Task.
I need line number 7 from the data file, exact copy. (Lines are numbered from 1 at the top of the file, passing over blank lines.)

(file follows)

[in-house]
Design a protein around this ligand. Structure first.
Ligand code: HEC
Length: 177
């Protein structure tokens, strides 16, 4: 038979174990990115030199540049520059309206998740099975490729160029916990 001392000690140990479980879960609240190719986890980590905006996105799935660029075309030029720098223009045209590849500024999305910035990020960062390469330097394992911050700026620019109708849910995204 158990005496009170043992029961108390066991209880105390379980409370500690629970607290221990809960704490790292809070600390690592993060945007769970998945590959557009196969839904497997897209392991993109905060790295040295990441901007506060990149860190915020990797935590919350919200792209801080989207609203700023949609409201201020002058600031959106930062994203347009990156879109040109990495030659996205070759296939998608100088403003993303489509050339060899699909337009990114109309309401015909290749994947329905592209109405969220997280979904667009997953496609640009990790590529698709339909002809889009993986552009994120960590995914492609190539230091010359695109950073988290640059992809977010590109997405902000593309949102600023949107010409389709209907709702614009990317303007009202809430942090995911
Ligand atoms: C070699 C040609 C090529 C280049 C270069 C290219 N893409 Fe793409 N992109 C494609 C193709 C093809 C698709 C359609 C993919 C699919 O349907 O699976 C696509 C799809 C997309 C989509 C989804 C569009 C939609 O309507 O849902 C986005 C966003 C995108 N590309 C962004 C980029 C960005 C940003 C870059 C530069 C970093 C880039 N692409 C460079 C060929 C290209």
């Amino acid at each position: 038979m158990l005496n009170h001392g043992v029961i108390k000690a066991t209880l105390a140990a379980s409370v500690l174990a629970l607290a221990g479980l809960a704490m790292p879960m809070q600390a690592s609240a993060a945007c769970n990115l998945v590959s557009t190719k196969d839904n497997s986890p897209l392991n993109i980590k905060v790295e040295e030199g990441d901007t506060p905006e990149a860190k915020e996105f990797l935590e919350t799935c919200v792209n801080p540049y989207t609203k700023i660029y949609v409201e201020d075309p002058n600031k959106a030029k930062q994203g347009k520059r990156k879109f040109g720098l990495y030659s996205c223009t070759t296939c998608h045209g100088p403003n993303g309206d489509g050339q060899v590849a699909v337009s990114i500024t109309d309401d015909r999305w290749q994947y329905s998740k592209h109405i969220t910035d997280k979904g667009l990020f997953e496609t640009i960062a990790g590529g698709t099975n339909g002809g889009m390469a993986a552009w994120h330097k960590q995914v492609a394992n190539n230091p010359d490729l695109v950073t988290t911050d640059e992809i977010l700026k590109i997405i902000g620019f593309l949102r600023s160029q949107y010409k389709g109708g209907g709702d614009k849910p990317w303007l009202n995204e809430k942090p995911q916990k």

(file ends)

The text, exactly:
């Amino acid at each position: 038979m158990l005496n009170h001392g043992v029961i108390k000690a066991t209880l105390a140990a379980s409370v500690l174990a629970l607290a221990g479980l809960a704490m790292p879960m809070q600390a690592s609240a993060a945007c769970n990115l998945v590959s557009t190719k196969d839904n497997s986890p897209l392991n993109i980590k905060v790295e040295e030199g990441d901007t506060p905006e990149a860190k915020e996105f990797l935590e919350t799935c919200v792209n801080p540049y989207t609203k700023i660029y949609v409201e201020d075309p002058n600031k959106a030029k930062q994203g347009k520059r990156k879109f040109g720098l990495y030659s996205c223009t070759t296939c998608h045209g100088p403003n993303g309206d489509g050339q060899v590849a699909v337009s990114i500024t109309d309401d015909r999305w290749q994947y329905s998740k592209h109405i969220t910035d997280k979904g667009l990020f997953e496609t640009i960062a990790g590529g698709t099975n339909g002809g889009m390469a993986a552009w994120h330097k960590q995914v492609a394992n190539n230091p010359d490729l695109v950073t988290t911050d640059e992809i977010l700026k590109i997405i902000g620019f593309l949102r600023s160029q949107y010409k389709g109708g209907g709702d614009k849910p990317w303007l009202n995204e809430k942090p995911q916990k």